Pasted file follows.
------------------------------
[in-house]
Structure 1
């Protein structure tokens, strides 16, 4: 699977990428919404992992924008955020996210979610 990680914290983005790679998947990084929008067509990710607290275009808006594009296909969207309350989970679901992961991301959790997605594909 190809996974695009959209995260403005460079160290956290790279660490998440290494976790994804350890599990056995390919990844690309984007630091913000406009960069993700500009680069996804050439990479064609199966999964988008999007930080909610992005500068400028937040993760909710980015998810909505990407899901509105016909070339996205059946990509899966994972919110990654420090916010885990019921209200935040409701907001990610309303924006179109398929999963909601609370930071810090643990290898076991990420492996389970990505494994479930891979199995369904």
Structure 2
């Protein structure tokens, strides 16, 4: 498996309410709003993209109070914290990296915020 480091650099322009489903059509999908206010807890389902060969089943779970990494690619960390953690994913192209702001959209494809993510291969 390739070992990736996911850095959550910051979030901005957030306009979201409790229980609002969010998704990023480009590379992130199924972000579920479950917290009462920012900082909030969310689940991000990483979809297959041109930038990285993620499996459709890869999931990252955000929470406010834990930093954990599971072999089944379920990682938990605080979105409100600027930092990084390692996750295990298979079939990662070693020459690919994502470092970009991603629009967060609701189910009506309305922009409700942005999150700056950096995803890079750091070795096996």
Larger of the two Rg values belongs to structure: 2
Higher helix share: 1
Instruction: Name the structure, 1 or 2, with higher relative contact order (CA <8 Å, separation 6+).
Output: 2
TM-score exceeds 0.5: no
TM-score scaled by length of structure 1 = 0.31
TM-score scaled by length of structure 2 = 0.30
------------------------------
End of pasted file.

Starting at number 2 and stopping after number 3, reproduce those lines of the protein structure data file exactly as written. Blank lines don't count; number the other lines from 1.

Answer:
Structure 1
């Protein structure tokens, strides 16, 4: 699977990428919404992992924008955020996210979610 990680914290983005790679998947990084929008067509990710607290275009808006594009296909969207309350989970679901992961991301959790997605594909 190809996974695009959209995260403005460079160290956290790279660490998440290494976790994804350890599990056995390919990844690309984007630091913000406009960069993700500009680069996804050439990479064609199966999964988008999007930080909610992005500068400028937040993760909710980015998810909505990407899901509105016909070339996205059946990509899966994972919110990654420090916010885990019921209200935040409701907001990610309303924006179109398929999963909601609370930071810090643990290898076991990420492996389970990505494994479930891979199995369904």